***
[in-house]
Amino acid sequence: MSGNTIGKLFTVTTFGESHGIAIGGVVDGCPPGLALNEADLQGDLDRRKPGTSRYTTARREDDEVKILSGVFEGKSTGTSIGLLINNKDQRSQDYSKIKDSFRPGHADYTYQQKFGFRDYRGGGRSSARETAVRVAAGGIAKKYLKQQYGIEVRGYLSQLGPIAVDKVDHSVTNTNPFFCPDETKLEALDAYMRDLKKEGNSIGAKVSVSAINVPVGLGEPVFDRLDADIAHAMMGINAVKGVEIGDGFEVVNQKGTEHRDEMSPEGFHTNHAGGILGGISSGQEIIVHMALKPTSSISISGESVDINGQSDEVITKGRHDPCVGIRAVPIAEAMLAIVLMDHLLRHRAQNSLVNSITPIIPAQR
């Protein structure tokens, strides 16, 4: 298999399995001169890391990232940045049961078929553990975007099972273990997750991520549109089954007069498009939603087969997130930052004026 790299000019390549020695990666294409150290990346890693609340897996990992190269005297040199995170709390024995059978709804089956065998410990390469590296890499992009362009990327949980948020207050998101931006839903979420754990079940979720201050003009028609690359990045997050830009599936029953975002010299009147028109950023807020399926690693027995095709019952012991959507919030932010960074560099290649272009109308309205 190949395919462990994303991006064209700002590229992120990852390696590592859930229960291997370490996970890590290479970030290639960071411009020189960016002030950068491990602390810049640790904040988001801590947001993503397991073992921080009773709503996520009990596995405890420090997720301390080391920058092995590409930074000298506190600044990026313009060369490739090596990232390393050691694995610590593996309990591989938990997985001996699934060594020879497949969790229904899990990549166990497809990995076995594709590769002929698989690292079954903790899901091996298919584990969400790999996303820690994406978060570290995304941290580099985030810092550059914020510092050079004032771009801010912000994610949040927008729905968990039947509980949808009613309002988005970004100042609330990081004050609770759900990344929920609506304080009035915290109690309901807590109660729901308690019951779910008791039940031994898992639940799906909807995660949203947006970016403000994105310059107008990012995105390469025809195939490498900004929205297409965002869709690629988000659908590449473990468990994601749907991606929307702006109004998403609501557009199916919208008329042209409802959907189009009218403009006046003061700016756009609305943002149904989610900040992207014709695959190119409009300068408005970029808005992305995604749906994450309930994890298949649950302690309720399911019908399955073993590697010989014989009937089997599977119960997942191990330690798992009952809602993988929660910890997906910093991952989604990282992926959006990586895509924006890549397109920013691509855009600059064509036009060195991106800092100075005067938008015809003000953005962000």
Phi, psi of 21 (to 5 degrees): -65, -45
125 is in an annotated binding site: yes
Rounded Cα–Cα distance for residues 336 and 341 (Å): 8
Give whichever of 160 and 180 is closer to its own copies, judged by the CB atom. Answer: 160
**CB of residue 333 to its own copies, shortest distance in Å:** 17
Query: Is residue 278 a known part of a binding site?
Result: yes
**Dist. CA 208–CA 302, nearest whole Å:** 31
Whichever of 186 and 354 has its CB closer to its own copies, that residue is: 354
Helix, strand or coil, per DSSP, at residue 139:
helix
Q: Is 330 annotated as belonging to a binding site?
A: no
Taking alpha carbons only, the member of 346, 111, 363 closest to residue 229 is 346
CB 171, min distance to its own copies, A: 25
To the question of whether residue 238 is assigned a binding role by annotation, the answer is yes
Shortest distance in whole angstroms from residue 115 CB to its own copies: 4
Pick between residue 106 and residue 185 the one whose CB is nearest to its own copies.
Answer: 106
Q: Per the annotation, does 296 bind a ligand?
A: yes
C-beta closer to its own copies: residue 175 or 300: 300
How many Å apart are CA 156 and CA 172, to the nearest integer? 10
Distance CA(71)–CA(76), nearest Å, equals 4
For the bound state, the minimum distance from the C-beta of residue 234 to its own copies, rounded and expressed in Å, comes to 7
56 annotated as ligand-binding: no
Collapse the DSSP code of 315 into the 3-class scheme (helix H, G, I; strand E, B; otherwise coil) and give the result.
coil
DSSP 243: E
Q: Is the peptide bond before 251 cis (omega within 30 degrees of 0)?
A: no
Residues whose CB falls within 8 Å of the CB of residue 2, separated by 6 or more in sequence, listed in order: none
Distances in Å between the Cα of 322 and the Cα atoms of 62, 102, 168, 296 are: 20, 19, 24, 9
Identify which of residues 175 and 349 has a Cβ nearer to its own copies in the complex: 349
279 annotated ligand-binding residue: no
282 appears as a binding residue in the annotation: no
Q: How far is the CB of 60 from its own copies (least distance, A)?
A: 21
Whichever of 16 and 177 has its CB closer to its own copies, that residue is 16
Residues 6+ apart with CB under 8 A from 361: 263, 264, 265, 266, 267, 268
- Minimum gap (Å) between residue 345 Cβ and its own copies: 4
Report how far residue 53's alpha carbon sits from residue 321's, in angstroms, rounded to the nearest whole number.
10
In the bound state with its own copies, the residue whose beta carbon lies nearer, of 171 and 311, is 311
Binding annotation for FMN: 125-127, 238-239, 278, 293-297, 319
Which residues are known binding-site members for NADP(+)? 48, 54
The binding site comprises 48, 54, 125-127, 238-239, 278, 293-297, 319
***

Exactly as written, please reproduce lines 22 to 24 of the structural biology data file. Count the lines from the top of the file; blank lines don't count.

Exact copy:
Answer: 106
Q: Per the annotation, does 296 bind a ligand?
A: yes